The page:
Other Asia – Pacific Central Banks Also Initiate Monetary Tightening

Central banks within the Asia – Pacific region have been among the first to engage in monetary tightening, as growth picks up within the region and inflationary fears raises concerns. Other than India, China’s central bank raised the reserve requirement ratio by 0.5%  on 18 January 2010 and then by another 0.5% on 25 February 2010. Raising the reserve requirement ratio implies that banks have to park more money with the central bank, thus sucking out excess liquidity from the system. Chinese consumer price inflation rose to a 16 month high of 2.7% in the month of February, and the central bank is expected to raise interest rates soon.

Australia’s central bank also raised its key interest rate by 25 basis points to 4% in early March 2010, making it the fourth time that the central bank has raised rates since October 2009. Australia’s GDP growth accelerated to its fastest pace of 0.9% in the last quarter of year 2009, bringing the full year growth in 2009 to 2.7%. Meanwhile, Malaysia’s central bank also raised its key interest rate by 25 basis points to 2.25% in the beginning of March citing that domestic recovery is firmly established. After three quarters of negative growth, Malaysia’s economy turned around in the fourth quarter of 2009 to post a higher-than-expected growth of 4.5% (y-o-y). Earlier, Vietnam had also increased its benchmark interest rate to 8% from the start of December 2009 and devalued its currency (the Dong) by 5% to help rein in inflation and lending. Besides this, the central banks of some other Asian countries like Indonesia, Taiwan, and Thailand and economic growth picks up and inflation concerns also rise.

 
S&P upgrades India’s Sovereign Credit rating outlook to stable

Global ratings major S&P upgraded India’s sovereign credit rating outlook to ‘stable’ from ‘negative’ while maintaining the rating at BBB- (the lowest within the investment grade).  S&P had earlier downgraded the rating outlook to negative in the month of February 2009 due to growing concerns of weak government finances and rising fiscal deficit. Refer to Table 2 for India’s Sovereign Credit Ratings from three major ratings agencies since the year 2001. However in the Union Budget FY 2010-11, the finance minister pledged to undertake fiscal consolidation reminiscent  of the fiscal responsibility budget management (FRBM) act laid out a few years ago. The FRBM act was enacted by Parliament in 2003 to bring in fiscal discipline by reducing the fiscal deficit to 3% by FY 2008-09. The present fiscal consolidation plan entails a reduction of the fiscal deficit to 5.5% in FY 2010-11 from 6.7% of GDP in FY 2009-10, and then to 4.8% in FY 2011-12 and to 4.1% in FY 2012-13. Refer to Chart 3 for India’s fiscal deficit figures. As a result of this plan, S&P has upgraded its outlook but has highlighted that a ratings upgrade will only be considered if the following conditions are met:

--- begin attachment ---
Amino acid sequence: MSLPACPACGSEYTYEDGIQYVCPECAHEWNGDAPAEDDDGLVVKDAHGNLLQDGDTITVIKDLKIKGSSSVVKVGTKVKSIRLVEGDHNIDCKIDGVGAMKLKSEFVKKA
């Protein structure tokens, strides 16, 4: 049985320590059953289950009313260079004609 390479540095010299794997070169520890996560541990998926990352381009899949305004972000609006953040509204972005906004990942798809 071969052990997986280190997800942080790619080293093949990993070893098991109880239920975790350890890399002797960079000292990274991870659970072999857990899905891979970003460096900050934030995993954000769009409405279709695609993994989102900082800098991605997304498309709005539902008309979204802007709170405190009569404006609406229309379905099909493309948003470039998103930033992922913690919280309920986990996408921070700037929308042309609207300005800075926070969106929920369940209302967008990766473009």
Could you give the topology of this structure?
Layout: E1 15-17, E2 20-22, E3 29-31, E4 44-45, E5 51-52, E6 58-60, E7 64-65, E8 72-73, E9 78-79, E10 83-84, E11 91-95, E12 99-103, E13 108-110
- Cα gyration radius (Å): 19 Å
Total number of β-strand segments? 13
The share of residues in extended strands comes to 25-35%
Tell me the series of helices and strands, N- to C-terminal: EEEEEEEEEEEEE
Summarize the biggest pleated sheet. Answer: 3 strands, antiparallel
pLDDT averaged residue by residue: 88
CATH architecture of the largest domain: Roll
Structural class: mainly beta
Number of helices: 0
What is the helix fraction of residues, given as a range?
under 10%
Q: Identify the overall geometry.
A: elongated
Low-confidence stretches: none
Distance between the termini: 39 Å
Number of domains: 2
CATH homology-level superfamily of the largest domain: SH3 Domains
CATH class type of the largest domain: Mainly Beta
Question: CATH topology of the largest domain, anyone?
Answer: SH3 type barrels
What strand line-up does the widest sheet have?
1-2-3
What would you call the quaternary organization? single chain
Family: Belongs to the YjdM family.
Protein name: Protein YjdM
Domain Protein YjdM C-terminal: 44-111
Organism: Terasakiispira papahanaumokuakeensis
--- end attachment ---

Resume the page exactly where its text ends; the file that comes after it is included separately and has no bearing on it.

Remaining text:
• A reduction in subsidies on food, fertilizer and fuel
  • Central and state government commitment to the fiscal consolidation plan
  •  Early implementation of the Goods and Services Tax (GST)

 

Table 2: India’s Sovereign Credit Ratings from year 2001 to year 2010
India's Sovereign Credit Rating from 2001 to 2010
Year Moody's S&P Fitch
  Rating Outlook Rating Outlook Rating Outlook
2001 Ba2 Speculative BB Speculative    
2002 BBa2 Stable BB Negative    
2003 Ba1 Stable BB Negative    
2004 Baa3 Stable BB Stable    
2005 Baa3 Stable BB+ Stable BB+ Stable
2006 Baa3 Stable BB+ Positive BBB- Stable
2007 Baa3 Stable BBB- Stable BBB- Stable
2008 Baa3 Stable BBB- Stable BBB- Stable
2009 Baa3 Stable BBB- Negative BBB- Stable
2010 (as of March) Baa3 Stable BBB- Stable BBB- Stable
Source: Standard Chartered, Ministry of Finance, iFAST Compilations

What should a mutual fund investor do?

Since the RBI is expected to continue to engage in monetary tightening and raise rates in the coming months, interest rate sensitive sectors like banks, real estate and automobiles may be adversely impacted in the short term. Thus investors should look to avoid these sectoral funds or those funds which maintain high exposure to these rate sensitive sectors. Banking stocks presently have the highest exposure in portfolios of equity mutual funds in India; but their exposure has been gradually reduced. As per data from capital market regulator SEBI, the exposure of banking stocks in equity assets of mutual funds in India has reduced from 14.38% in September 2009 to 12.99% in December 2009.

On the debt side, with bond yields expected to harden further we recommend investors to avoid gilt and other long term income funds presently, since they are more sensitive to interest rate risk. Debt investors should allocate more to shorter tenure products that are less sensitive to interest rate movements. These include floating rate funds and short-term funds. The assets of floating rate funds in India have ballooned by a phenomenal 650% between December 2008 and February 2010, while the assets of short-term funds in India have risen by close to 230% over the same period. Refer to Chart 4 for trend of assets managed by floating rate funds and short term funds in India. However, investors can look to re-enter or allocate more towards long-term bond funds once the 10 year benchmark yield reaches levels of 8.3% to 8.4%, where we feel that bond yields may peak out.

related articles:

RBI hikes CRR by 0.75%, beats market expectations
India's Banking Sector - Dealing with Inflation and interest rate hike fears
China's Faster-than-expected Recovery Leads to an Unexpected Rate Hike!
India's Inflation Accelerates to 7.31% in December